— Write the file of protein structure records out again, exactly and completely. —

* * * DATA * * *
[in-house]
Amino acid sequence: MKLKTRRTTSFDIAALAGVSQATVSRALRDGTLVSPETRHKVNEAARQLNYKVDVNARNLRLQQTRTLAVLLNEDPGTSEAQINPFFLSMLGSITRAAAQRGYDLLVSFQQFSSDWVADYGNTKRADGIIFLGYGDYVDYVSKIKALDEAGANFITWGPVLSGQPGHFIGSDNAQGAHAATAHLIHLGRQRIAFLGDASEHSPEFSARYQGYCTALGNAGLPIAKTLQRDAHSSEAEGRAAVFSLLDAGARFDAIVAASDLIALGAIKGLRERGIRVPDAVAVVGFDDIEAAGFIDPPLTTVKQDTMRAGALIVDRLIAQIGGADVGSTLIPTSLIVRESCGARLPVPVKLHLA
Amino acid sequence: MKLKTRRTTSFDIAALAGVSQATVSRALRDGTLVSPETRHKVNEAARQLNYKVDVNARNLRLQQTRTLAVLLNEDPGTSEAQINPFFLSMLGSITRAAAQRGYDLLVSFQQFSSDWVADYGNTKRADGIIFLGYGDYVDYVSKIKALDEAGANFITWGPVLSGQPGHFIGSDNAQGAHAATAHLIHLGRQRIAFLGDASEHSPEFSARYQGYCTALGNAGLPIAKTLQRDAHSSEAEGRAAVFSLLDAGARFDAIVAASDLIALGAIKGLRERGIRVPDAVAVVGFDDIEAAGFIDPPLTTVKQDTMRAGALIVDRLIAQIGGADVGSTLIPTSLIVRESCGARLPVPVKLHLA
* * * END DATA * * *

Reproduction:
[in-house]
Amino acid sequence: MKLKTRRTTSFDIAALAGVSQATVSRALRDGTLVSPETRHKVNEAARQLNYKVDVNARNLRLQQTRTLAVLLNEDPGTSEAQINPFFLSMLGSITRAAAQRGYDLLVSFQQFSSDWVADYGNTKRADGIIFLGYGDYVDYVSKIKALDEAGANFITWGPVLSGQPGHFIGSDNAQGAHAATAHLIHLGRQRIAFLGDASEHSPEFSARYQGYCTALGNAGLPIAKTLQRDAHSSEAEGRAAVFSLLDAGARFDAIVAASDLIALGAIKGLRERGIRVPDAVAVVGFDDIEAAGFIDPPLTTVKQDTMRAGALIVDRLIAQIGGADVGSTLIPTSLIVRESCGARLPVPVKLHLA
Amino acid sequence: MKLKTRRTTSFDIAALAGVSQATVSRALRDGTLVSPETRHKVNEAARQLNYKVDVNARNLRLQQTRTLAVLLNEDPGTSEAQINPFFLSMLGSITRAAAQRGYDLLVSFQQFSSDWVADYGNTKRADGIIFLGYGDYVDYVSKIKALDEAGANFITWGPVLSGQPGHFIGSDNAQGAHAATAHLIHLGRQRIAFLGDASEHSPEFSARYQGYCTALGNAGLPIAKTLQRDAHSSEAEGRAAVFSLLDAGARFDAIVAASDLIALGAIKGLRERGIRVPDAVAVVGFDDIEAAGFIDPPLTTVKQDTMRAGALIVDRLIAQIGGADVGSTLIPTSLIVRESCGARLPVPVKLHLA